Colombian businessmen tied to Maduro going to house arrest
CARACAS, Venezuela (AP) — Authorities in the African nation of Cabo Verde said Thursday they have approved transferring a jailed Colombian businessman with close ties to Venezuelan President Nicolás Maduro to house arrest.
Alex Saab, 49, has been held in jail by the island nation since June on a U.S. arrest warrant. He has since been fighting extradition to Miami, where he is charged with corruption.
U.S. officials believe Saab holds many secrets about how Maduro, his family and top aides allegedly siphoned off millions of dollars in government contracts amid widespread hunger in the oil-rich nation.
Prosecutors in Cabo Verde said in a statement that the decision for house arrest was partly based on the fact that Saab has remained provisionally detained longer than the maximum allowed.
Authorities said extradition proceedings will continue until a final decision is reached.
Saab’s legal team said the house arrest decision was overdue, and the seven months he has spent in jail “under inhumane conditions” have exacerbated health problems. Under home detention, he can now receive proper treatment, the attorneys said in a statement.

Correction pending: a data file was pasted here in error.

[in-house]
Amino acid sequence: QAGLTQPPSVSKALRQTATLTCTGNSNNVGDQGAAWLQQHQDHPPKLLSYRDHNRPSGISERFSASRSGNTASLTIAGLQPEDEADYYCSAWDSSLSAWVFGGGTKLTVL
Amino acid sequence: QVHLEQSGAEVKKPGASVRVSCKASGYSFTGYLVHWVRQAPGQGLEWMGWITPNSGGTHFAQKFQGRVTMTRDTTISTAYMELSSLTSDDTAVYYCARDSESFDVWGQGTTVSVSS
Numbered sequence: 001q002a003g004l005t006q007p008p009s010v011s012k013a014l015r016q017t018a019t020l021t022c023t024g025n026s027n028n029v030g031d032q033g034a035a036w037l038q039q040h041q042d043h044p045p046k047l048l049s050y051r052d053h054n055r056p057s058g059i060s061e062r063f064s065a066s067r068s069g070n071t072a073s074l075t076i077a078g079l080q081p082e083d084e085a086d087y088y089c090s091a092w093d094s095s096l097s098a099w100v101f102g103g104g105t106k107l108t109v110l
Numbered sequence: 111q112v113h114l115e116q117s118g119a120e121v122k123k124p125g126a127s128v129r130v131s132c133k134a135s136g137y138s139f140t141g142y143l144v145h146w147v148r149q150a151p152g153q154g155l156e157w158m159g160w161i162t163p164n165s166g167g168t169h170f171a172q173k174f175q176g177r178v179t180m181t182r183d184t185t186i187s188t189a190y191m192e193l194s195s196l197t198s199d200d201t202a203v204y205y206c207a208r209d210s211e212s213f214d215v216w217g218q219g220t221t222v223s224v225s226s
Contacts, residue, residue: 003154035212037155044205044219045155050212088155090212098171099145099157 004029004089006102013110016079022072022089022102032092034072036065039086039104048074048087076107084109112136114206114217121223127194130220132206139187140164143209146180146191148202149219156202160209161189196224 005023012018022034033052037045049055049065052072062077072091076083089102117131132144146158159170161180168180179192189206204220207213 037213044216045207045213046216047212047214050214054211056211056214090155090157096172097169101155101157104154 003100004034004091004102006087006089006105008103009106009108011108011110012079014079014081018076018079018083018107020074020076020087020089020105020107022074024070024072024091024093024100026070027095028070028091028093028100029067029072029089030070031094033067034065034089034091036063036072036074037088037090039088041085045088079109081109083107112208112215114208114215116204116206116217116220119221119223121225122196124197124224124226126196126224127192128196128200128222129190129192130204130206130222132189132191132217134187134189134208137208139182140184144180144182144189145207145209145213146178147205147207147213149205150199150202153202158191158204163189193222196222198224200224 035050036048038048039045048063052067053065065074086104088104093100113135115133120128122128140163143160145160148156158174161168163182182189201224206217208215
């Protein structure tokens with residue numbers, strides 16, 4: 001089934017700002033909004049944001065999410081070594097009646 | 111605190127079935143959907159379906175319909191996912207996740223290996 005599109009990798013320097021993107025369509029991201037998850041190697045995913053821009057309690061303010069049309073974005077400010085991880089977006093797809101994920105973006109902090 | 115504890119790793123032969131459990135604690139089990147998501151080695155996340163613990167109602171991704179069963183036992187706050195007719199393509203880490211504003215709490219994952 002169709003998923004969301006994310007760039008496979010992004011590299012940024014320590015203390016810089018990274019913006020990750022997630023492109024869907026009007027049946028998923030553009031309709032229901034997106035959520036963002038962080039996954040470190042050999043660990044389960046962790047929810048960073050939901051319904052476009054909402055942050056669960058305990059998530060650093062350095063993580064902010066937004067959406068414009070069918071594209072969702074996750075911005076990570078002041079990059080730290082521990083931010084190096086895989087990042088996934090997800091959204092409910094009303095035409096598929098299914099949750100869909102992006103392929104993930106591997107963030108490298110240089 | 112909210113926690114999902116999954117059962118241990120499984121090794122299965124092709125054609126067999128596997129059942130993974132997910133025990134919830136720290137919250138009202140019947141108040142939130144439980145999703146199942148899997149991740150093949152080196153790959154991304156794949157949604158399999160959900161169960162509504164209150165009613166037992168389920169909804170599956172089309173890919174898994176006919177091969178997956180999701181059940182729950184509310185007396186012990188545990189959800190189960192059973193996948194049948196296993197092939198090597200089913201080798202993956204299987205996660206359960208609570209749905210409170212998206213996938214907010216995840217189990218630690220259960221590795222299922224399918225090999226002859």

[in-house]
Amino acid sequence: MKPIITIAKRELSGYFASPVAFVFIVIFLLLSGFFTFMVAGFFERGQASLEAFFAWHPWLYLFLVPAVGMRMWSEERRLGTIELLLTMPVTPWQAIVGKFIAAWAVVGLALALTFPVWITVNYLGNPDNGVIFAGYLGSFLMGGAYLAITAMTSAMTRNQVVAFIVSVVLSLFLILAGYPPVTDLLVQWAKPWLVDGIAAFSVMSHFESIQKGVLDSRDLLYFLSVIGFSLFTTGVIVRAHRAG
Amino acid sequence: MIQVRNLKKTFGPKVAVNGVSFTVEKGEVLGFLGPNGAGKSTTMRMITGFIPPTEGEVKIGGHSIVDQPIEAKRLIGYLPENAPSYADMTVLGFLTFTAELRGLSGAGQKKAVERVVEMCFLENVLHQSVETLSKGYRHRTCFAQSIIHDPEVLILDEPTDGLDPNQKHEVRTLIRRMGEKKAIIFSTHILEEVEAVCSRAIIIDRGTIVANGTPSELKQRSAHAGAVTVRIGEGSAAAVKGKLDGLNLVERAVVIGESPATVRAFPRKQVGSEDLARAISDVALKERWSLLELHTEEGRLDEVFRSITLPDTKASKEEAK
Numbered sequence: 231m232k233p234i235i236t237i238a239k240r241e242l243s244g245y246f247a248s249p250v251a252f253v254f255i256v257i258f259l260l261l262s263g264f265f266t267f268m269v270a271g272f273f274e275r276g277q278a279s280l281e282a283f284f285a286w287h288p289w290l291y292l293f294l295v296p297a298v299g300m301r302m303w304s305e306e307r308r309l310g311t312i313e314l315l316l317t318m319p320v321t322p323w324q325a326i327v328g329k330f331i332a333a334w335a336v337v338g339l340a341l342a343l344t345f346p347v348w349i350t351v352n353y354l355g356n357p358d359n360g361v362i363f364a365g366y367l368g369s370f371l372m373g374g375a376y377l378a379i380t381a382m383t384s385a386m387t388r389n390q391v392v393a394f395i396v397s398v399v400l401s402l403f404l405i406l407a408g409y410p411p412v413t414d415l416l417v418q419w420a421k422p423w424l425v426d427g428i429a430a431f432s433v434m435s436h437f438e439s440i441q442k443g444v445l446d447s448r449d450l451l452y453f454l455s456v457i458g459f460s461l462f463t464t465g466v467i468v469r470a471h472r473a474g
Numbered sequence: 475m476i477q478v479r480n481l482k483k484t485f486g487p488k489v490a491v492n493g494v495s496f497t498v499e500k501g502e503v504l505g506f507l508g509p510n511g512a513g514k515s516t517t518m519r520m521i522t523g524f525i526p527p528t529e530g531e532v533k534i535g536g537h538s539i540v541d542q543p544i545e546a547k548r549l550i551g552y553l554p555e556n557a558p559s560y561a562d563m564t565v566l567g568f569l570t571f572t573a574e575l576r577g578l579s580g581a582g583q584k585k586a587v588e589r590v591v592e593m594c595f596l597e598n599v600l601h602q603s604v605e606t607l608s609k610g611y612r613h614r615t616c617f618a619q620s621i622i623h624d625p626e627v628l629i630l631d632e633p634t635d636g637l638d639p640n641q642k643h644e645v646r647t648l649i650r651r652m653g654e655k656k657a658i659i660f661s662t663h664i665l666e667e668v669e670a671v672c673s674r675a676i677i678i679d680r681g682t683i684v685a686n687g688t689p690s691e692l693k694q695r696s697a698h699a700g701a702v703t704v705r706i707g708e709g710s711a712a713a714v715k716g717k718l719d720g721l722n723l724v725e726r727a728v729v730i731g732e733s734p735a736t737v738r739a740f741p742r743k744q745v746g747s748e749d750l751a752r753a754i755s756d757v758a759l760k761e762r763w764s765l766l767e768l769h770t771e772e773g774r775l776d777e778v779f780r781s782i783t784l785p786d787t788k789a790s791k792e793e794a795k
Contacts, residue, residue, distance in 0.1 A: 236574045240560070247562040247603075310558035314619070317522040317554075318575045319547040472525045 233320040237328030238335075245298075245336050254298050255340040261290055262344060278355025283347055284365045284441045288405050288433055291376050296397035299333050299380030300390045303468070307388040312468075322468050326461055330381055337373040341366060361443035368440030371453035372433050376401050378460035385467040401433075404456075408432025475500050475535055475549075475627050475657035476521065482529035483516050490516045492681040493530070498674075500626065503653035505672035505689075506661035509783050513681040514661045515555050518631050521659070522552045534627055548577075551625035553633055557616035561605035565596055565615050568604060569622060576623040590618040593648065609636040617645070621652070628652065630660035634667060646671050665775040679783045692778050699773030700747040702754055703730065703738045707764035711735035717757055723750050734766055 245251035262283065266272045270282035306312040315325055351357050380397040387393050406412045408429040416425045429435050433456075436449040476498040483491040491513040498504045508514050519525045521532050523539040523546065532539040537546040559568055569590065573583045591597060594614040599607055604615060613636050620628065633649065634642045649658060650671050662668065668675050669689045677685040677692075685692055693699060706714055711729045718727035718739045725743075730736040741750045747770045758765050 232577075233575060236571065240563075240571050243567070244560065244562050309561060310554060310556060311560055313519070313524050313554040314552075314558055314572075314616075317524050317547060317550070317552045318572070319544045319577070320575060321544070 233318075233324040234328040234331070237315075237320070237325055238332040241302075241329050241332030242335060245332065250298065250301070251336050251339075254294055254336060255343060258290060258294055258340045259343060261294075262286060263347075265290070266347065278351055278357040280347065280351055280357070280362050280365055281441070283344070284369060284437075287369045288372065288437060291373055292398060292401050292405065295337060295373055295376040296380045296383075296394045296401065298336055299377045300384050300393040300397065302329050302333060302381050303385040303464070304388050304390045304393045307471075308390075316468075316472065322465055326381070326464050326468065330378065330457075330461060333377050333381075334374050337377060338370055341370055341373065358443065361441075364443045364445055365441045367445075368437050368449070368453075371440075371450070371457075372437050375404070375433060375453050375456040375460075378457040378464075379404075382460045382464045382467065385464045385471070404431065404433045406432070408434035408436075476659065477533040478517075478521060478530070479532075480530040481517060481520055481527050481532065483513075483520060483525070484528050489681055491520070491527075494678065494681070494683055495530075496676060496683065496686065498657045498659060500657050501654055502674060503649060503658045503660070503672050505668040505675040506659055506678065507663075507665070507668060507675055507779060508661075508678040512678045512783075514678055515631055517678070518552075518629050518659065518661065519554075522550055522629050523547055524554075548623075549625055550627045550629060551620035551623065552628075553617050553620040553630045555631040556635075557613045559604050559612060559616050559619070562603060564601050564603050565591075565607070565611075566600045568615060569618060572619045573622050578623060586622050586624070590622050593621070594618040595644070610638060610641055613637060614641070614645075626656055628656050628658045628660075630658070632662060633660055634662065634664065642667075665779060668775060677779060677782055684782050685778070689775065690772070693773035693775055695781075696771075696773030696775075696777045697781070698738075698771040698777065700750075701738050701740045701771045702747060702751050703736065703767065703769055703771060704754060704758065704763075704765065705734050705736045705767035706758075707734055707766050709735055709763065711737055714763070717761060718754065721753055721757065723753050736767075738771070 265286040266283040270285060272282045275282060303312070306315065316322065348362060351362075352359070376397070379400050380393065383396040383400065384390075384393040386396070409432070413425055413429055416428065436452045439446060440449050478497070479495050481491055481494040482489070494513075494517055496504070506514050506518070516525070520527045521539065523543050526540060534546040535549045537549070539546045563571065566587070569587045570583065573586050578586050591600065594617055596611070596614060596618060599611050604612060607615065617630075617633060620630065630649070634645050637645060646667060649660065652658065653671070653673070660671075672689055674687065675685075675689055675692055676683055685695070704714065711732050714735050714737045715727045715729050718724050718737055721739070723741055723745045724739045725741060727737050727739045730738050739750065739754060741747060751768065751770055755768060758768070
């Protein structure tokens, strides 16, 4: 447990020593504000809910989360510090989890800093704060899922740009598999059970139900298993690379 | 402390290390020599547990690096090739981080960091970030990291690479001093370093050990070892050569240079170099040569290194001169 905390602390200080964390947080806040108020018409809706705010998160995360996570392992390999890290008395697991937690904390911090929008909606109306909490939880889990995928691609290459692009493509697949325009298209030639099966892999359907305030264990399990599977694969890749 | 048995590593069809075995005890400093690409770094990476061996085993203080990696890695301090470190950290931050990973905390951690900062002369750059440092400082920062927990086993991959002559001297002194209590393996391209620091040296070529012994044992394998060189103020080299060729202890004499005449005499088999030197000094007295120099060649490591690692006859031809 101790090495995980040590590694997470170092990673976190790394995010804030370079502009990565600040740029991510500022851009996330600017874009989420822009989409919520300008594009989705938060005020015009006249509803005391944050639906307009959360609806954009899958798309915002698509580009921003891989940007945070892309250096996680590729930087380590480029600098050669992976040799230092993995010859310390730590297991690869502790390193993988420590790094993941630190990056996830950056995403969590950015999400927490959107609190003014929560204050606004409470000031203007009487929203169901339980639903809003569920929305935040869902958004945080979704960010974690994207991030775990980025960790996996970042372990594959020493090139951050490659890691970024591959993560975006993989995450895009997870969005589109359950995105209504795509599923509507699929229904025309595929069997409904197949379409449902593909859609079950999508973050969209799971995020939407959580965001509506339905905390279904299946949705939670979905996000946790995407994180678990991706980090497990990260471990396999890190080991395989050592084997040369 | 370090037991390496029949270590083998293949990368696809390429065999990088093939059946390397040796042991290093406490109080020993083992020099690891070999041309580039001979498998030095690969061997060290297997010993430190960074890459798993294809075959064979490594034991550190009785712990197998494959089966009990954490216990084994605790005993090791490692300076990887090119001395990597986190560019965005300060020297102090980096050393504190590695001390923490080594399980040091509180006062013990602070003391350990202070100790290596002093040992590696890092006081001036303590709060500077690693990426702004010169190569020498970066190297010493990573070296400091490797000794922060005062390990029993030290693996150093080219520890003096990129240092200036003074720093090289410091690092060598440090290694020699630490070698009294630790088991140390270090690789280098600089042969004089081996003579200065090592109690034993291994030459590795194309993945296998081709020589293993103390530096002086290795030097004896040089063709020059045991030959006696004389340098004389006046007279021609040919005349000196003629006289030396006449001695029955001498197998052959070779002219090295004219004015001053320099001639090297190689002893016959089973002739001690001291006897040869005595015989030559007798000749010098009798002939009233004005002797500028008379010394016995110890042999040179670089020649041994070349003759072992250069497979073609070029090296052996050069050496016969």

“This is a very important milestone in the defense of Ambassador Saab,” said Aristides Dias, senior member of Saab’s defense team. “We look forward to building upon this foundation and look forward to achieving his freedom and safe return home.”
Saab was detained when his jet made a refueling stop on a flight to Tehran, where he was believed to be negotiating deals to exchange Venezuelan gold for Iranian gasoline.
Federal prosecutors in Miami indicted him in 2019 on money laundering charges connected to an alleged bribery scheme that pocketed more than $350 million from a low-income housing project for the Venezuelan government that was never built.